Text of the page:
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USCIS Naturalizes 53 Soldiers During Presidents Day Ceremony in Iraq

Release Date: February 23, 2011

Feb. 23, 2011

CAMP VICTORY, Iraq – Presidents Day, which marks the birth of George Washington and honors all who have served as president of the United States, had added significance this year for 53 U.S. soldiers serving in Iraq. It was the day they became U.S. citizens.

Pfc. Merlan Samuel, second from left, a St. Lucia native assigned to the U.S. Army’s 1st Infantry Division, recites the Oath of Allegiance during the Feb. 21 naturalization ceremony at Camp Victory, Iraq. (Photo courtesy of the U.S. Army)

Robert Daum, director of the U.S. Citizenship and Immigration Services (USCIS) Field Office in Rome, led a special naturalization ceremony in Al Faw Palace in Baghdad on Feb. 21, administering the Oath of Allegiance to the new citizens.

“For over 200 years, our presidents’ words and deeds have inspired Americans to uphold the ideals of freedom and equality enshrined in the Declaration of Independence and the Constitution,” Daum said. “Your presence here in Iraq is an inspiration and testimony to our nation’s history, and your contributions will help shape our country for future generations.”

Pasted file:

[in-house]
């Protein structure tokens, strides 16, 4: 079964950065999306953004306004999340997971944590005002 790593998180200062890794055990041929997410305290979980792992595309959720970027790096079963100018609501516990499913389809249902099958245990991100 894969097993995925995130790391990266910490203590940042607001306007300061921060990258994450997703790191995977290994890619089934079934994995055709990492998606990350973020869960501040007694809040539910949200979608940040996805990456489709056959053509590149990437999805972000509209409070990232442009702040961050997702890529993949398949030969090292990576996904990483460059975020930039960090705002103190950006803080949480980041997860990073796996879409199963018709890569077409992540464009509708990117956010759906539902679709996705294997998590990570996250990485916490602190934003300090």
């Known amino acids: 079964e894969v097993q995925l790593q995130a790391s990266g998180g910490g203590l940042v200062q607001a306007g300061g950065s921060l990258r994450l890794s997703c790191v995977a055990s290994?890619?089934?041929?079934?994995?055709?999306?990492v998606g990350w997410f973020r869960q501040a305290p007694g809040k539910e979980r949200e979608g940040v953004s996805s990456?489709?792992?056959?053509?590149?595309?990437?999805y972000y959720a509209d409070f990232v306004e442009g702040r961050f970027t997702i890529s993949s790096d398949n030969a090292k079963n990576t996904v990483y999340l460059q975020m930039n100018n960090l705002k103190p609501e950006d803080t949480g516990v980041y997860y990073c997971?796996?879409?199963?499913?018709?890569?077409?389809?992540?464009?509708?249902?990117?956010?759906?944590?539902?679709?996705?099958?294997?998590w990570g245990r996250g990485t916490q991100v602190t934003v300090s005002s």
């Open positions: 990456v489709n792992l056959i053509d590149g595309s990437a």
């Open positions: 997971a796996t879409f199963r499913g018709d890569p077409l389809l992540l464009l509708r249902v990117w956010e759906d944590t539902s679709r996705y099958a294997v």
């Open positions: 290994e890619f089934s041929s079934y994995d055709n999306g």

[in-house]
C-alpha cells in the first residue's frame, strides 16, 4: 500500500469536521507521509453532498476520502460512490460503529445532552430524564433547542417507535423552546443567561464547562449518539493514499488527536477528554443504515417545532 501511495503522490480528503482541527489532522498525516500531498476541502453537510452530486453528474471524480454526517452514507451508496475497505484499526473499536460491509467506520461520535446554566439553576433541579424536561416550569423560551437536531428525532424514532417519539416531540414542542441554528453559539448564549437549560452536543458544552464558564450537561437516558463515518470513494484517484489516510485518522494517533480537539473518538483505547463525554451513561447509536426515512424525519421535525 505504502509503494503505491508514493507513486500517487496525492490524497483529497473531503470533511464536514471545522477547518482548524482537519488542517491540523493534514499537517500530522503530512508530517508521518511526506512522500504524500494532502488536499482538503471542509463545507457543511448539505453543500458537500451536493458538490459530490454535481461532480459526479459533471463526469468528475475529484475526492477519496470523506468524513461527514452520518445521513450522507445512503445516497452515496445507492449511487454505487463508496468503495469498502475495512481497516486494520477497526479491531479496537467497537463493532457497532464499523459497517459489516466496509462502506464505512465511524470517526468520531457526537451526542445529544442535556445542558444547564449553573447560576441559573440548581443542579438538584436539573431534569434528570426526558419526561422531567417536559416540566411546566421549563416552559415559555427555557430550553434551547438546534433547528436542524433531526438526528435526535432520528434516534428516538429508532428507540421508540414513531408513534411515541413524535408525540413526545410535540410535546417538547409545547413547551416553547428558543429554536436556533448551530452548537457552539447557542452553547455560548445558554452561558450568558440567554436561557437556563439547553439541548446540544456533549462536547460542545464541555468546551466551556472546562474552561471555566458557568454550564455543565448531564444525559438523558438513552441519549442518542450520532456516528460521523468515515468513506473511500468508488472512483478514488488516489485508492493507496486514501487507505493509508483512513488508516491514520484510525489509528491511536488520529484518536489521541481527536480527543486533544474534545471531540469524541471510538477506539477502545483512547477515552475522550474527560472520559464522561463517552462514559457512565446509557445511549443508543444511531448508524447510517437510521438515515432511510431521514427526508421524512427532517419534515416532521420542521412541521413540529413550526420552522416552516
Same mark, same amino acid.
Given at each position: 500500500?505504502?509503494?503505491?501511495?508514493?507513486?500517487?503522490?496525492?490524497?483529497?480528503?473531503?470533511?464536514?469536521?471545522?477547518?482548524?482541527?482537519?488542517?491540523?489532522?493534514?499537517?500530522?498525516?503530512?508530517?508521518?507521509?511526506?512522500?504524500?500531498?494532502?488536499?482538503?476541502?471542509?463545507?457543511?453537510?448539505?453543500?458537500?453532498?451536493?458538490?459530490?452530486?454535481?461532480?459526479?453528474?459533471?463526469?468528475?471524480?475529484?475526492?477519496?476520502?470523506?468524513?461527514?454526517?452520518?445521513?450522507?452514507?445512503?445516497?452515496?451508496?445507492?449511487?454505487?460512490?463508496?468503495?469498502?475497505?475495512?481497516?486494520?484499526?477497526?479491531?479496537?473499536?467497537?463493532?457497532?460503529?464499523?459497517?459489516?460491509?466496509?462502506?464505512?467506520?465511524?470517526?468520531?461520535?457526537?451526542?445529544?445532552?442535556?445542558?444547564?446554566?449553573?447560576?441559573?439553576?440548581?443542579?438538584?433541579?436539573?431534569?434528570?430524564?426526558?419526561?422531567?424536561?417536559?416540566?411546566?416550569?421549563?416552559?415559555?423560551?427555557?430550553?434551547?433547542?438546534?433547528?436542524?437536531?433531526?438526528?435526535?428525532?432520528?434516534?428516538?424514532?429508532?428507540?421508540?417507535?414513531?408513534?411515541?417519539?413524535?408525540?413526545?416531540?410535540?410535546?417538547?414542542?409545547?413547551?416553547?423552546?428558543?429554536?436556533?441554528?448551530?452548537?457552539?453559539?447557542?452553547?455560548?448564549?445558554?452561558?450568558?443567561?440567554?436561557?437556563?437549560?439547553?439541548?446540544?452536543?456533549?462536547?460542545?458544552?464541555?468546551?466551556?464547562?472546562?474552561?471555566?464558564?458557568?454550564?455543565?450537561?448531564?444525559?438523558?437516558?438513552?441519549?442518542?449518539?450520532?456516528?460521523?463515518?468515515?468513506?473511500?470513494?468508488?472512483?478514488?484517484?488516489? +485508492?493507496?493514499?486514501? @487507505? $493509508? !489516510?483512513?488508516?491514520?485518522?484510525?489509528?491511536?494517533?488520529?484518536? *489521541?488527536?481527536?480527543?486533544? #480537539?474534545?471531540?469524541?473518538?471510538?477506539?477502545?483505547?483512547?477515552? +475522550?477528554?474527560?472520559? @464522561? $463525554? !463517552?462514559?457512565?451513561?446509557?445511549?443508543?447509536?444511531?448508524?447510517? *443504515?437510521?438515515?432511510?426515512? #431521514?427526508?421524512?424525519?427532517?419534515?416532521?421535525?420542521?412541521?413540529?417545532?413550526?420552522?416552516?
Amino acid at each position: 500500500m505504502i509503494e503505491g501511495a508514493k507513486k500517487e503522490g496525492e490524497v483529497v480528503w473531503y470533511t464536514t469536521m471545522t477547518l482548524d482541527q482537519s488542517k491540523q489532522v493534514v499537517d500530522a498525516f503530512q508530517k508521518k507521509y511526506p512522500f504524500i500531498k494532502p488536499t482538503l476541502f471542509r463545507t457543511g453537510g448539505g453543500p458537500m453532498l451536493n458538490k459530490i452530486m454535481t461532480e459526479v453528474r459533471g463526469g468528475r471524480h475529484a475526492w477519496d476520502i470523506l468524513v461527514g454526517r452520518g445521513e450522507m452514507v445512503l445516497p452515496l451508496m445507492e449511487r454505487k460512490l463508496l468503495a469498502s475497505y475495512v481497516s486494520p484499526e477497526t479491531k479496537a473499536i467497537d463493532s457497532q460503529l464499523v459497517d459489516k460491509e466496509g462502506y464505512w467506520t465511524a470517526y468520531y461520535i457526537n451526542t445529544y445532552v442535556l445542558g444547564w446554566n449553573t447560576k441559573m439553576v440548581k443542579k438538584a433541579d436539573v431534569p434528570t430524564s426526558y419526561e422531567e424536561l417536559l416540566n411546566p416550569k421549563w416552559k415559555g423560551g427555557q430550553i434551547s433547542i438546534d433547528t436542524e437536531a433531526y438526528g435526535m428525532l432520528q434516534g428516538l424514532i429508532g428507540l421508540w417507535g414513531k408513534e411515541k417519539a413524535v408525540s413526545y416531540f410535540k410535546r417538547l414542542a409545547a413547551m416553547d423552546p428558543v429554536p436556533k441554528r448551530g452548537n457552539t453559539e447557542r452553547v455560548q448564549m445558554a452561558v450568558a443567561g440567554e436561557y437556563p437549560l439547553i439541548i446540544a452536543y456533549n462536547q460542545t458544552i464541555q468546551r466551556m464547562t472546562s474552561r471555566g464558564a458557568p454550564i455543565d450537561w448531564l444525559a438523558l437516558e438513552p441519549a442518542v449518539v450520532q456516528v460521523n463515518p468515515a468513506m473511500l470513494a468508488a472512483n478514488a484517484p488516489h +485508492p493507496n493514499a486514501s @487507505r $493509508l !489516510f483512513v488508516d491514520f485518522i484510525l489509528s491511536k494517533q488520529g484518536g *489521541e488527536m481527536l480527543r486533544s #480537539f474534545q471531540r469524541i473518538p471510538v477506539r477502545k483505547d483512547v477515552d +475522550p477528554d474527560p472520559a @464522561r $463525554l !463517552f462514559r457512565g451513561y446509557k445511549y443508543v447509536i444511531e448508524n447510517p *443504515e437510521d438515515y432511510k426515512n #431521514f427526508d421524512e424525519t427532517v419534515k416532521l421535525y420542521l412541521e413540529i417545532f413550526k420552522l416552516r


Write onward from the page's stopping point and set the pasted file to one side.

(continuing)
U.S. Army Gen. Lloyd J. Austin III, commander of United States forces in Iraq, congratulated the new citizens. “There is not a more deserving group of people than the men and women here,” he said. “Now they will become citizens of the country they have sworn to defend.”

Among the new citizens is a group of soldiers born in American Samoa. They include Sgt. Maj. Rimoni So’onata’a Mapu, now on his second Iraq deployment. Mapu comes from a military family and serves with the U.S. Army’s Hawaii-based 25th Infantry Division.

Another new citizen is Army Spc. Khoa Pham. He and his family came to the United States as refugees from Vietnam and settled in Charlotte, N.C. He enlisted as a medical specialist in honor of his father, whose own medical training was interrupted by service in the South Vietnamese army. Pham hopes that his citizenship will lead to his commissioning as an officer in the U.S. Army Medical Corps.

USCIS conducted the first naturalization ceremony in Iraq in October 2004, when the law was changed to allow members of the military to receive their citizenship while serving overseas. Since then, 3,426 members of the U.S. armed forces have become citizens of the United States while deployed in Iraq.

For more information on USCIS and its programs, visit www.uscis.gov.

Last Reviewed/Updated: 02/23/2011